We often look at “effect data” in schools to point to the effectiveness of teachers. We cite grades, test scores, and students’ work samples to determine an educator’s impact. This seems like an obvious and common-sense practice until we start to unpack the greatest predictors of student success when they leave school. A student’s GPA and SAT score may help him get into a good college, but these factors don’t have much correlation to success in the workforce or success in his personal life after that.

The best predictors of a student’s future success and the best measures of a student’s current investment in her education aren’t her grades or test scores but rather her levels of hope and engagement. Hope is a better predictor of success than any traditional measure of success we have in schools. Hope and engagement are the “cause data.” They are the invisible force that leads to doing well on other measures of achievement. They are the true factors that lead to success in school and in life.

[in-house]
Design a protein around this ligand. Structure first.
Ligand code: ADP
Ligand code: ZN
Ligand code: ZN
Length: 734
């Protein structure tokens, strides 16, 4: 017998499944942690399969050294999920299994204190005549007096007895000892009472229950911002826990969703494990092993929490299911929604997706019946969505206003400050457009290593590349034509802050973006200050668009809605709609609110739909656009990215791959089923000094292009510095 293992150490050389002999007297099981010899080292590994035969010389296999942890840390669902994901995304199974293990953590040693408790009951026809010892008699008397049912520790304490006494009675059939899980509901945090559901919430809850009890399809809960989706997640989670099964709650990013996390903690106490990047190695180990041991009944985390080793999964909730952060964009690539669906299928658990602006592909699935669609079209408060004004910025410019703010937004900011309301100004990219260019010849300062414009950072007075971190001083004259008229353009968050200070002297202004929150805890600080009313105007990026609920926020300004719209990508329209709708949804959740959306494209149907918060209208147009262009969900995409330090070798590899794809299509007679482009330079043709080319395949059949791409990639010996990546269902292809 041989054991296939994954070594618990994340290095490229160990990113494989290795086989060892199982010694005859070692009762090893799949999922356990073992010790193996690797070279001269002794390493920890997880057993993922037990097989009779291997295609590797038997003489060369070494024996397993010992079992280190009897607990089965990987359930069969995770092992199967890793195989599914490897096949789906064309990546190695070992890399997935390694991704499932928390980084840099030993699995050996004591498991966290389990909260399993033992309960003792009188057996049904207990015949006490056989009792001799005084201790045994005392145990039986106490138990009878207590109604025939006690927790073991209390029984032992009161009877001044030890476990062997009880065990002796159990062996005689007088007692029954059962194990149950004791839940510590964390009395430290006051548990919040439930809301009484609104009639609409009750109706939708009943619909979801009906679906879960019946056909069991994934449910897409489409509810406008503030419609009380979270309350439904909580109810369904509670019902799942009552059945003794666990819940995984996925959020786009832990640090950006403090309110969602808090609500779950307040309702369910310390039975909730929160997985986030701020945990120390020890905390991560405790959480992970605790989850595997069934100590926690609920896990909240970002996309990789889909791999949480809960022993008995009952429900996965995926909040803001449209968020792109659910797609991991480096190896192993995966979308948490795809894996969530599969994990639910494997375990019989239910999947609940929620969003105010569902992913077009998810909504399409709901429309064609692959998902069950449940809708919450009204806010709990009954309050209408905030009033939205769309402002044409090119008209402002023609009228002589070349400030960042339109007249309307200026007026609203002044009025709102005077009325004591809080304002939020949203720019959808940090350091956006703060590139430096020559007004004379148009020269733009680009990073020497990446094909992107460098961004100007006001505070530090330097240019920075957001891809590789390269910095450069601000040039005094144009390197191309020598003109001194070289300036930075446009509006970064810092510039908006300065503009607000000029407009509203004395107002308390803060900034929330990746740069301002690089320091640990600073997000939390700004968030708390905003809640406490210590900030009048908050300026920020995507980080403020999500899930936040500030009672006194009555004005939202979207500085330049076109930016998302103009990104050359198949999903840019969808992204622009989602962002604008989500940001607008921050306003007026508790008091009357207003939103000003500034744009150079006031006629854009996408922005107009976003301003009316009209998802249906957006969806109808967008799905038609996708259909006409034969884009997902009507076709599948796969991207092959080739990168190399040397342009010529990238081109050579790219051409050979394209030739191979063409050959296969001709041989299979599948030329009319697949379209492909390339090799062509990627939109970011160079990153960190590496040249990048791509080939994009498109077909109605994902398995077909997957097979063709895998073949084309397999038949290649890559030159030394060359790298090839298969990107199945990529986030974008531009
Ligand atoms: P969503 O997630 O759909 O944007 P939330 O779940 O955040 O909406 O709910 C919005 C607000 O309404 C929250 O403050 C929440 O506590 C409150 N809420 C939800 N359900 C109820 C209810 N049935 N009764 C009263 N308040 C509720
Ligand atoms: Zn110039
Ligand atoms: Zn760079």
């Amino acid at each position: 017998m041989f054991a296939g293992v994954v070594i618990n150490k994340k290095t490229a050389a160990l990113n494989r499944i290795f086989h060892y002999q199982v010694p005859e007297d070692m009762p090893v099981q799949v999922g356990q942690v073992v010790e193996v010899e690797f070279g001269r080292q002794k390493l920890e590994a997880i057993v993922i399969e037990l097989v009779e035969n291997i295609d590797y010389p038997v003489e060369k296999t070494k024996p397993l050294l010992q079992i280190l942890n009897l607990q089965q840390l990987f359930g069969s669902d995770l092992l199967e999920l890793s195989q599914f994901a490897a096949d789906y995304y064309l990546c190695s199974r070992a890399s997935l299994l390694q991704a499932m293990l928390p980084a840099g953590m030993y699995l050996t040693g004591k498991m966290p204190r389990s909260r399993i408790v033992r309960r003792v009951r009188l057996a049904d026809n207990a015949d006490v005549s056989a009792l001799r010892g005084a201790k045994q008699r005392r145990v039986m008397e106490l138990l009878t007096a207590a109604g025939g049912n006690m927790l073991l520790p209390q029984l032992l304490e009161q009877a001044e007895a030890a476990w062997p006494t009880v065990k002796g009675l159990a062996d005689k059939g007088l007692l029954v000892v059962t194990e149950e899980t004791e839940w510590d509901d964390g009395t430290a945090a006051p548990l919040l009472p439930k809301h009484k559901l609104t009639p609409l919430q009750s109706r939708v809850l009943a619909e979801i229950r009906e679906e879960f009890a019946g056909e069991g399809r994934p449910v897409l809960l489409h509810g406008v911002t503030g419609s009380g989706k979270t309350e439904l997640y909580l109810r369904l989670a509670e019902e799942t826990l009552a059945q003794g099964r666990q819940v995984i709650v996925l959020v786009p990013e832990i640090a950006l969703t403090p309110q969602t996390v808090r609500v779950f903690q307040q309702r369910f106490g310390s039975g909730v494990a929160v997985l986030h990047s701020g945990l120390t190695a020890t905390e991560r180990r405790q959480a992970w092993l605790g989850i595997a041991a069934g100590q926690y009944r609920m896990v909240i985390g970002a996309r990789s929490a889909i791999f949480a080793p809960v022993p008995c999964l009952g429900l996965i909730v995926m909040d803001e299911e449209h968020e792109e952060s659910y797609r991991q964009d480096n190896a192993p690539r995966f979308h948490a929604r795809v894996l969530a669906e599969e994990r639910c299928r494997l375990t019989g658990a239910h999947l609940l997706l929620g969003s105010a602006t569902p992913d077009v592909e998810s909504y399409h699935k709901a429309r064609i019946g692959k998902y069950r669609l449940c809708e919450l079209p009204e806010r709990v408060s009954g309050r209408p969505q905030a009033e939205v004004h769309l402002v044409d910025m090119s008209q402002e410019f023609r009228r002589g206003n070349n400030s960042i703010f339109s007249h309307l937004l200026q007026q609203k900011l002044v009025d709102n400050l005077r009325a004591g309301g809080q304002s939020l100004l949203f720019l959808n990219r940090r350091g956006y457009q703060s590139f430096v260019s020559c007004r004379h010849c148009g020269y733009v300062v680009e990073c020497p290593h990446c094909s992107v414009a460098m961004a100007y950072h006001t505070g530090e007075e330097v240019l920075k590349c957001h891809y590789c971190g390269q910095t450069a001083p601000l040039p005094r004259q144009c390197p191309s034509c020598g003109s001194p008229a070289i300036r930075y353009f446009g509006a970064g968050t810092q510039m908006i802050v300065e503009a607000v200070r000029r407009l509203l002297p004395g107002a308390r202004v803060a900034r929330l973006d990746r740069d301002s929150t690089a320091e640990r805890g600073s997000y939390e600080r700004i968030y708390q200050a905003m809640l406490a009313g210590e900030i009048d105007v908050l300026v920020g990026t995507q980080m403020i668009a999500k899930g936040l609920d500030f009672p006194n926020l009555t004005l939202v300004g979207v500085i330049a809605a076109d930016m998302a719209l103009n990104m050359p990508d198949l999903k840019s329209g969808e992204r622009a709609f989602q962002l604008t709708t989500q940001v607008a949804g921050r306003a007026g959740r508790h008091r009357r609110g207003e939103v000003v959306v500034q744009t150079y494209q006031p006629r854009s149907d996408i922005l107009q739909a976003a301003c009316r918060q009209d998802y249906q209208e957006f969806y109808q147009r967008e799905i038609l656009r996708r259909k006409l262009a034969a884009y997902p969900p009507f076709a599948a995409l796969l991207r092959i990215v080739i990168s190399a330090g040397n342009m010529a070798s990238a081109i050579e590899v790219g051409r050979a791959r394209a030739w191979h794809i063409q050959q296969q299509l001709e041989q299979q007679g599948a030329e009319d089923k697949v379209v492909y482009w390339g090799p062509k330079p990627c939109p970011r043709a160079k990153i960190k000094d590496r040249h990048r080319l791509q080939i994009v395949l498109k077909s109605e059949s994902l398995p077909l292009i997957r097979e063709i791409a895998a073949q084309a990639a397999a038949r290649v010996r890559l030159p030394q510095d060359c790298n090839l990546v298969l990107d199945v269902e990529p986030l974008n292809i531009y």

Shouldn’t we put our efforts into that which leverages the greatest success for our students rather than just that which is easiest to measure? Students spend exponentially more time in their classroom than the teacher’s supervisor does and students are the experts on their own learning experiences. The saddest and most ironic practice in schools is how hard we try to measure how students are doing and how rarely we ever ask them. Ask the students how they are doing, and we’ll have a better picture of what their teachers can do to help them.